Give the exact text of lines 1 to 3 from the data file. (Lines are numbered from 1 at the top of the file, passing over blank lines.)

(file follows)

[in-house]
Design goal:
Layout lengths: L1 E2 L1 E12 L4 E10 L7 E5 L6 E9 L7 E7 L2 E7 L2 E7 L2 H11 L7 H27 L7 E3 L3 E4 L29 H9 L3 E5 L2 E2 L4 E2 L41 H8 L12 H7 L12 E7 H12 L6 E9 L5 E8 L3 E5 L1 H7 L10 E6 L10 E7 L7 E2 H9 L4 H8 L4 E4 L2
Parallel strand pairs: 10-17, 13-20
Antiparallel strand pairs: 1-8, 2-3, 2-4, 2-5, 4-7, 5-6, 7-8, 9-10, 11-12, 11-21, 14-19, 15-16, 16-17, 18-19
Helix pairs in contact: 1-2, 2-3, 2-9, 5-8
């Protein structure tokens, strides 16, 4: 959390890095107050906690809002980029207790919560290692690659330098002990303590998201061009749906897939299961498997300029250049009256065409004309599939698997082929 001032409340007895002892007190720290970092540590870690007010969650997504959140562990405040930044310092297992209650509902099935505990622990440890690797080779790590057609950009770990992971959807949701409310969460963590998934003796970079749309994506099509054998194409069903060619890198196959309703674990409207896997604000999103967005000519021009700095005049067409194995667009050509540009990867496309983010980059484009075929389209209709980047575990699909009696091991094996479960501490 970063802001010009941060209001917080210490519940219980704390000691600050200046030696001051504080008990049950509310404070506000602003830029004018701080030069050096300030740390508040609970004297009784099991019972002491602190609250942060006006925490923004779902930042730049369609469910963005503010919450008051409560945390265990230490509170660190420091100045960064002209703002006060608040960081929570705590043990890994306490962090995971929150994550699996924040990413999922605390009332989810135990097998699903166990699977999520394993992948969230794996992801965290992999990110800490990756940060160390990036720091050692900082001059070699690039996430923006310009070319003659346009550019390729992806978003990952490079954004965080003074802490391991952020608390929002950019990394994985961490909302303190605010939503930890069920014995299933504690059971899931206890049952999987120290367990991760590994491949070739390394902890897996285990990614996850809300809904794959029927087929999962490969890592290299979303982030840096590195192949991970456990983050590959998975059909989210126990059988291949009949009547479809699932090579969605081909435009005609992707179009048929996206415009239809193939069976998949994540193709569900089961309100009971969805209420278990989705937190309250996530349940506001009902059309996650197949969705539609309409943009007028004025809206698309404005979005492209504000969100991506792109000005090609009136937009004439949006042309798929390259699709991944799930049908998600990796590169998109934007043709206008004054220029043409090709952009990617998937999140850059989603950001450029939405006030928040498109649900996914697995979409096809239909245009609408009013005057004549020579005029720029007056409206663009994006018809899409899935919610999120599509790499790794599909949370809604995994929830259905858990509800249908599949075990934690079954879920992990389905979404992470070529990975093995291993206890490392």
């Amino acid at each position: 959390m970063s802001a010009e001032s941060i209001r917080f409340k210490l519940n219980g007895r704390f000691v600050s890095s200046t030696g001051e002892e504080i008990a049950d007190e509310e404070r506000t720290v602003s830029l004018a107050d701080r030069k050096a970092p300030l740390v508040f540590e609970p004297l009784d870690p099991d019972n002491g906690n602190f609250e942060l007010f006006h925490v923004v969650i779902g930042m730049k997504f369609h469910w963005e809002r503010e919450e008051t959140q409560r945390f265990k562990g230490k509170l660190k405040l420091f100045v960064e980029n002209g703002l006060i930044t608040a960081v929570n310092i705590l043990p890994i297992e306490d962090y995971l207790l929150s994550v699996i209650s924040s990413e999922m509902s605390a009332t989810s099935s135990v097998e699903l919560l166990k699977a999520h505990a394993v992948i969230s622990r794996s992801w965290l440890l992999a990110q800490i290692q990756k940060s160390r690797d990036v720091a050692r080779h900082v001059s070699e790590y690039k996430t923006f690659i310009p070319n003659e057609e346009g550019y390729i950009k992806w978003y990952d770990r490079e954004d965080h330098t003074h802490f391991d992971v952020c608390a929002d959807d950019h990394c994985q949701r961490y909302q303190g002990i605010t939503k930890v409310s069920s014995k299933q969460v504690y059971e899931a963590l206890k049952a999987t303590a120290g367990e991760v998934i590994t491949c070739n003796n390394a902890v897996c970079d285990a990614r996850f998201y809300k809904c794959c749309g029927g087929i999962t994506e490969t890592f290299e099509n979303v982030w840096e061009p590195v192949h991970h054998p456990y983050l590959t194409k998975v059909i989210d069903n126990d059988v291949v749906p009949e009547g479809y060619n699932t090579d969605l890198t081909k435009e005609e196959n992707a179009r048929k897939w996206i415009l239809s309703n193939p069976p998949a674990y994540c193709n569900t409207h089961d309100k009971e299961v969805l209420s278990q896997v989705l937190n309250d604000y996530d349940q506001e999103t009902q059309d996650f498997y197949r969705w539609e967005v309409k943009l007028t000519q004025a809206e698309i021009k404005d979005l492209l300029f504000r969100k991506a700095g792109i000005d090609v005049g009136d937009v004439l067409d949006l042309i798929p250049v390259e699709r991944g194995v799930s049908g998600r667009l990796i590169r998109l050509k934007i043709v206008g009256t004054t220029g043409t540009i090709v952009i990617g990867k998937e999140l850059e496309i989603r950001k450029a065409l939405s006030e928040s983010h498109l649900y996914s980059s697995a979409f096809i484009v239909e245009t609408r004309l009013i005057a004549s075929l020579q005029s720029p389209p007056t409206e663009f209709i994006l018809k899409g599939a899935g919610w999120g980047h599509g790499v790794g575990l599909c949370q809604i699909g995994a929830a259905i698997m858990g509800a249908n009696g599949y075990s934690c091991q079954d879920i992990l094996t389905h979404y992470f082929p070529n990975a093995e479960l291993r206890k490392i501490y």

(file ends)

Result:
[in-house]
Design goal:
Layout lengths: L1 E2 L1 E12 L4 E10 L7 E5 L6 E9 L7 E7 L2 E7 L2 E7 L2 H11 L7 H27 L7 E3 L3 E4 L29 H9 L3 E5 L2 E2 L4 E2 L41 H8 L12 H7 L12 E7 H12 L6 E9 L5 E8 L3 E5 L1 H7 L10 E6 L10 E7 L7 E2 H9 L4 H8 L4 E4 L2